Lorca mystery may soon be solved but much of Spain’s past remains buried

Archeologists believe they may be close to finding body of playwright and poet killed by firing squad in 1936 but campaigners say searches of more than 2,000 mass graves around country are becoming increasingly difficult to carry out.

Photograph: Sipa Press/Rex Features

Photograph: Sipa Press/Rex Features

In the hills overlooking Granada, forensic archeologists buzz excitedly around a cordoned-off site. A blue tarp sits in the middle, marking the spot where they believe lies the answer to one of Spain’s great mysteries of recent times. Since mid-November, the team has been working from sunrise to sunset to locate the remains of playwright and poet Federico García Lorca.

It is on this barren patch of land, just up the road from the tiny village of Viznar, that the author of Blood Wedding and The House of Bernarda Alba is thought to have been shot by a rightwing firing squad in 1936.

The findings have so far been encouraging, says lead archaeologist Javier Navarro. The final resting place of one of Spain’s most famous civil war victims was flagged in a 2011 book detailing his final hours. “Everything we’ve done to date confirms that this is the spot we’ve been looking for,” said Navarro.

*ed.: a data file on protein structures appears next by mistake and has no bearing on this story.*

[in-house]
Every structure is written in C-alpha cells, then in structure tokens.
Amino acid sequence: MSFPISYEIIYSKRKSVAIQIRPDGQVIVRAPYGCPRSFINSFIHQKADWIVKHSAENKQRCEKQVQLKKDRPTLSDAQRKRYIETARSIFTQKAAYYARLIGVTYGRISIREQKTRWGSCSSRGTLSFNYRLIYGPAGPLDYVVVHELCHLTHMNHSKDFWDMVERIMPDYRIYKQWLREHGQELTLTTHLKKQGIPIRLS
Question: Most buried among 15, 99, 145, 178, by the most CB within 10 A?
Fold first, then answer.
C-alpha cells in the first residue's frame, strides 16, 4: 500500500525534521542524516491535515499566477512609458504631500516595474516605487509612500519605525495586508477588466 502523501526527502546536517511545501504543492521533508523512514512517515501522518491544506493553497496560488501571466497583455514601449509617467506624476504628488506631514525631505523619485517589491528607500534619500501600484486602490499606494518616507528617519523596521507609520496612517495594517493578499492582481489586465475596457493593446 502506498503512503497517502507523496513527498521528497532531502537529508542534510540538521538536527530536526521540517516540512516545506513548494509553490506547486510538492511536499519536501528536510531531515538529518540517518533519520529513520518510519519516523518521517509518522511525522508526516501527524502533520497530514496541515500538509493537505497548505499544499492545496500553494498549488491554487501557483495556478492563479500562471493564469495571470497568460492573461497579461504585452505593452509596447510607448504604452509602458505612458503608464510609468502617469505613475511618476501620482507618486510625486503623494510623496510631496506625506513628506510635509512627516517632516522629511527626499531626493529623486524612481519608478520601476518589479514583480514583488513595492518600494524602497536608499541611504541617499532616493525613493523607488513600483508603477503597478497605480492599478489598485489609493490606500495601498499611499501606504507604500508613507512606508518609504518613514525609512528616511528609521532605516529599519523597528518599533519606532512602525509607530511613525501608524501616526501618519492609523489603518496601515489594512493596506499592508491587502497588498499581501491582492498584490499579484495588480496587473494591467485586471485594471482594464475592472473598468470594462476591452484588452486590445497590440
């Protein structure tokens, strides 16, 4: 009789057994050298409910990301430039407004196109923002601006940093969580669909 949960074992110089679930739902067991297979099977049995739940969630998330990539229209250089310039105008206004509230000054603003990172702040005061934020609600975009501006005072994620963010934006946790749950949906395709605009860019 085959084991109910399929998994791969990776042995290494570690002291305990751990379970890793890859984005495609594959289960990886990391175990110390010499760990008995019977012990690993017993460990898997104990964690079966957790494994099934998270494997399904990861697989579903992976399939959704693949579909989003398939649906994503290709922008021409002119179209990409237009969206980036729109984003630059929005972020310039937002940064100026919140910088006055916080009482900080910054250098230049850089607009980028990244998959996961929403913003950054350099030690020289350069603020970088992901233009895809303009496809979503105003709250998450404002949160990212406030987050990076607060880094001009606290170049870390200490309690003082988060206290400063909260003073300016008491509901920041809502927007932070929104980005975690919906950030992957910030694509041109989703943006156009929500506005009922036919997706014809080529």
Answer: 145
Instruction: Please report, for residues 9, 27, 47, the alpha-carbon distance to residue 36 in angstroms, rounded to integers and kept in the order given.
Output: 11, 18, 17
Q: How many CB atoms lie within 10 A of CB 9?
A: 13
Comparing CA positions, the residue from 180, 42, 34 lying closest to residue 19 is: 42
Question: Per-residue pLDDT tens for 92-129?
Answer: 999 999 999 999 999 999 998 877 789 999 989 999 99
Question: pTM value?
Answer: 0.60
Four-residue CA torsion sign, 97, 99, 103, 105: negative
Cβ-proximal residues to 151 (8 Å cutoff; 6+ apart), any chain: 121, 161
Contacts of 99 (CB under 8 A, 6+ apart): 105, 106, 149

The search for Lorca’s remains made headlines around the world, but the attention masked an increasingly common complaint across the country. Seven years after the country passed legislation designed to make it easier for Spain to confront its past, campaigners say searches of the more than 2,000 known mass graves are becoming increasing difficult to carry out.

When Spain’s then-socialist government introduced a historical memory law in 2007, many heralded it as a crucial first step towards recognising the country’s murky past. The law removed Francoist monuments and symbols from public places and made it easier to locate and dig up the estimated 114,000 people who disappeared during the 1936-39 civil war and the ensuing dictatorship that ended only after Franco’s death in 1975.

But little has progressed in recent years, said Emilio Silva of the Association for the Recovery of Historical Memory. In 2000, he sparked a movement when he carried out the first scientific dig for the remains of his own grandfather and a dozen other victims from a mass grave in northern Spain. His group has since gone on to find some 6,000 bodies.

The historical memory law provided four years of subsidies, helping Silva’s group locate 5,400 bodies. But when the right wing People’s party came to power in 2011, funding stopped. […]

(From The Guardian, Ashhifa Kassam, 01.12.2014)

 

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